Dred Scott, his wife and two children had voluntarily traveled alone almost 1200 miles down the Mississippi River from present day Minnesota, which was then free Wisconsin to meet his then master, Dr. John Emerson. The relationship was apparently a good one. When Dr. Emerson died, Scott offered to buy his freedom from the widow, but she refused. He then brought suit in the local circuit court of St. Louis, Missouri. The case was Scott vs. Emerson. Scott lost his original case, but the trial judge agreed with Scott's lawyer that the verdict had been based on hearsay evidence, and declared a mistrial. The case was retried in 1850 when a jury ruled in favor of Scott and his wife, determining that they were illegally kept as slaves while in Wisconsin territory where slavery was illegal. Mrs. Emerson appealed to the Missouri Supreme Court which overturned the verdict. The Missouri Supreme Court decision reversed a 28 year precedent.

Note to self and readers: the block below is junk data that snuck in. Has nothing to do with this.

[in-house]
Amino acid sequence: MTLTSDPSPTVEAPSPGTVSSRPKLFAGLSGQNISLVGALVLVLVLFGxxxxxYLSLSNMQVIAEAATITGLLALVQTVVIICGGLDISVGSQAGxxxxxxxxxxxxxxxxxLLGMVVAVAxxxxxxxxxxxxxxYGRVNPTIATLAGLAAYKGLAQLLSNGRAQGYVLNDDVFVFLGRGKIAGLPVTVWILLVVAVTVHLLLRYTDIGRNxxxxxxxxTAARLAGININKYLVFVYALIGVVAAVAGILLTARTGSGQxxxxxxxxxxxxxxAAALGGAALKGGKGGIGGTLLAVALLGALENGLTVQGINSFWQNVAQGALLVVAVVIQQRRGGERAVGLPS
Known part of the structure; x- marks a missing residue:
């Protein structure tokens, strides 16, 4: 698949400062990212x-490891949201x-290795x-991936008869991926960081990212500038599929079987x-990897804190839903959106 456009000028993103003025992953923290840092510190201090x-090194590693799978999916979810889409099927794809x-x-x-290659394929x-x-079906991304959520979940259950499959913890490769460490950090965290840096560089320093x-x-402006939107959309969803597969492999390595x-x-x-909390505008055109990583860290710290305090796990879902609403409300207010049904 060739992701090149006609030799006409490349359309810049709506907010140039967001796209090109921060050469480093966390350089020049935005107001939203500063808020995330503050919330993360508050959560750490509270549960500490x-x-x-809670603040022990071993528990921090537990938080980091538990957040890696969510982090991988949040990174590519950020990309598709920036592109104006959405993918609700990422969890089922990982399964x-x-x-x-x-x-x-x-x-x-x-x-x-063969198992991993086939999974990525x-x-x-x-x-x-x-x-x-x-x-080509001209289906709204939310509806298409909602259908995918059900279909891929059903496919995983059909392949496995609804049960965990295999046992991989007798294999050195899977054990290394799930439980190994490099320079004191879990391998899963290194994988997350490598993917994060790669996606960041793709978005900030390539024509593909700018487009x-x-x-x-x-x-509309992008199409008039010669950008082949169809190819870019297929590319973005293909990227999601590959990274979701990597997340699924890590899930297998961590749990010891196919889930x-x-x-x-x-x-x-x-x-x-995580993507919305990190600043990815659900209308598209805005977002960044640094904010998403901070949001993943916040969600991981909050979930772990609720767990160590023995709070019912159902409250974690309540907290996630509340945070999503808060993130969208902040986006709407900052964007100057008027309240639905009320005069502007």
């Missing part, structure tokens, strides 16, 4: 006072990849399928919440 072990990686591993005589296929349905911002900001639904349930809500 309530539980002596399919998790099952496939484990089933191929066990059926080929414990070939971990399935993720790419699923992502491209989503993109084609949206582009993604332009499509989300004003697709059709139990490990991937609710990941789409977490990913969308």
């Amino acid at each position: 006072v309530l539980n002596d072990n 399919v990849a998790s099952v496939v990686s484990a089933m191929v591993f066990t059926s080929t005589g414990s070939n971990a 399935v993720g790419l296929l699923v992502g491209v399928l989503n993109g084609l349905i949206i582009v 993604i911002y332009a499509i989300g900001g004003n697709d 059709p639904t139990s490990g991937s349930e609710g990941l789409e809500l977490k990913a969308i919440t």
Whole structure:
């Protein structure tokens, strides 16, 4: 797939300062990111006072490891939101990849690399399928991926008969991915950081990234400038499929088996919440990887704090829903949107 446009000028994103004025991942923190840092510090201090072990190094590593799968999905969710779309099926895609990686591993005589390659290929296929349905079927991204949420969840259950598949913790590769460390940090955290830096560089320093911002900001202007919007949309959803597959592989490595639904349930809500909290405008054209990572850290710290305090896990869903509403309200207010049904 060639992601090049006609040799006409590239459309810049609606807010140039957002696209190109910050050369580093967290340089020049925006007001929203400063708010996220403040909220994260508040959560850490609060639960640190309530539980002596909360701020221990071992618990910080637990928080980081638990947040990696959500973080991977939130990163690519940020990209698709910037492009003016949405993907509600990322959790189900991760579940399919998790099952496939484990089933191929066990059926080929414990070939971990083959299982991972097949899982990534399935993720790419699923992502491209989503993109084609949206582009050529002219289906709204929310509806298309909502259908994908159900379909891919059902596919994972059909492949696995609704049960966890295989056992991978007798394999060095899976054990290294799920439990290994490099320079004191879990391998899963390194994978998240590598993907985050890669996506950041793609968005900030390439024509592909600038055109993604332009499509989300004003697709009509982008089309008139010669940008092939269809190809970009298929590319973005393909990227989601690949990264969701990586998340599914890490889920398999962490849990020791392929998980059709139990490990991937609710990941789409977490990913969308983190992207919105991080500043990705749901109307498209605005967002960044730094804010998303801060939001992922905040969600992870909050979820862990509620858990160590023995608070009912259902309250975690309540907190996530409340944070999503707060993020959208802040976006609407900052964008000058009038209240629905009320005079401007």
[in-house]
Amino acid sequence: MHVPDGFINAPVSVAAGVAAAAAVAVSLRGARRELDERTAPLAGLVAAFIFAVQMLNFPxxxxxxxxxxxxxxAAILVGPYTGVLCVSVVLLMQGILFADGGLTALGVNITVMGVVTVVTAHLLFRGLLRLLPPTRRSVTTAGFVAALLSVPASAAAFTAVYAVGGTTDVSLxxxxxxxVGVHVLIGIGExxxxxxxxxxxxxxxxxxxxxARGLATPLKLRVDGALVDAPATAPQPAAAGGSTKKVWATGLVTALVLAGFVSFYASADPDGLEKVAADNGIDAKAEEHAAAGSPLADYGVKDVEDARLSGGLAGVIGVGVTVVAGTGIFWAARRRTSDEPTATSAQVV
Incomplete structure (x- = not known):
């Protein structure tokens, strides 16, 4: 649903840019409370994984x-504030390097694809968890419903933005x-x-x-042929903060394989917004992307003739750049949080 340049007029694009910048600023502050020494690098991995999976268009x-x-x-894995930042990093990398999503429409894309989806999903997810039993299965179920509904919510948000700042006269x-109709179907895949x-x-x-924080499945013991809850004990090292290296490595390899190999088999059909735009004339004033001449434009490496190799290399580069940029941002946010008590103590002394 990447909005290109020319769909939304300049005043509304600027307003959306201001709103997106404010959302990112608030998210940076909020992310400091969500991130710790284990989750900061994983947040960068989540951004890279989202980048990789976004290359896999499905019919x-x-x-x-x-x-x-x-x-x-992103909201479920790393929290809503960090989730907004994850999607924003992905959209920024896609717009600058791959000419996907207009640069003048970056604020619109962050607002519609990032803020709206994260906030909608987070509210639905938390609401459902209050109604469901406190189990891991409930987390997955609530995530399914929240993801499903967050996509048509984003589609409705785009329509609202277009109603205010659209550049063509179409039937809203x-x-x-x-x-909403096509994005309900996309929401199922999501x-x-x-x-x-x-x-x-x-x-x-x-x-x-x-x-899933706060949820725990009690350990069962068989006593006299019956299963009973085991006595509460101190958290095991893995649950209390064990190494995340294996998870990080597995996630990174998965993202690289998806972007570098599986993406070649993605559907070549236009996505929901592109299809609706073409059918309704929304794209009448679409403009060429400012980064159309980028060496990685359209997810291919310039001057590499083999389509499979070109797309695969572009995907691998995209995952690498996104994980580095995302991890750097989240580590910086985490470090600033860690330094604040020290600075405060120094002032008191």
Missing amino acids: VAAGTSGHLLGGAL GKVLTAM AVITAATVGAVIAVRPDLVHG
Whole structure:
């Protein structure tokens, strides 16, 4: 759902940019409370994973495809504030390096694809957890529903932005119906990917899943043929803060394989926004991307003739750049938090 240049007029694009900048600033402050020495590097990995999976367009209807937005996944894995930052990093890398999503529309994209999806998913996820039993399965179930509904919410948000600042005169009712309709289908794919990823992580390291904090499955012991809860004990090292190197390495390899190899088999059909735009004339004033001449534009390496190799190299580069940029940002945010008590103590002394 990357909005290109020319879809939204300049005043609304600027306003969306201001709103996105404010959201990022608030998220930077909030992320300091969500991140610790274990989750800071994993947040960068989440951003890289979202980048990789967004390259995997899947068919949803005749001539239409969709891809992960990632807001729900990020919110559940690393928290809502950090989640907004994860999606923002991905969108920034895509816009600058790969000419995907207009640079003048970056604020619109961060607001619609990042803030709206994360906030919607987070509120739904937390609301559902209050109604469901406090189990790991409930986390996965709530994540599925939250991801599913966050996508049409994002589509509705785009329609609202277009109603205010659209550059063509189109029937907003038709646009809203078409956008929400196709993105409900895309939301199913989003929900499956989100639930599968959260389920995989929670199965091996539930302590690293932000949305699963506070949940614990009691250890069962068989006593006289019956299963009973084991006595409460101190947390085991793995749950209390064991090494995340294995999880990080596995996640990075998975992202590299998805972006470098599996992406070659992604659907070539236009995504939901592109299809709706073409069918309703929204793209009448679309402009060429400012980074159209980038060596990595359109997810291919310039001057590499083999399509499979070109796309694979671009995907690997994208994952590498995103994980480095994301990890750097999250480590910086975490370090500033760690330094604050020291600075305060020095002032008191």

A new case was brought in federal court on the basis of diversity of citizenship; because the Emerson Estate was probated by Ms. Emerson's brother after her death, Dr. John Sanford of New York. Scott lost again in Federal District Court, and the case was appealed to the U.S. Supreme Court. You know the rest of the story.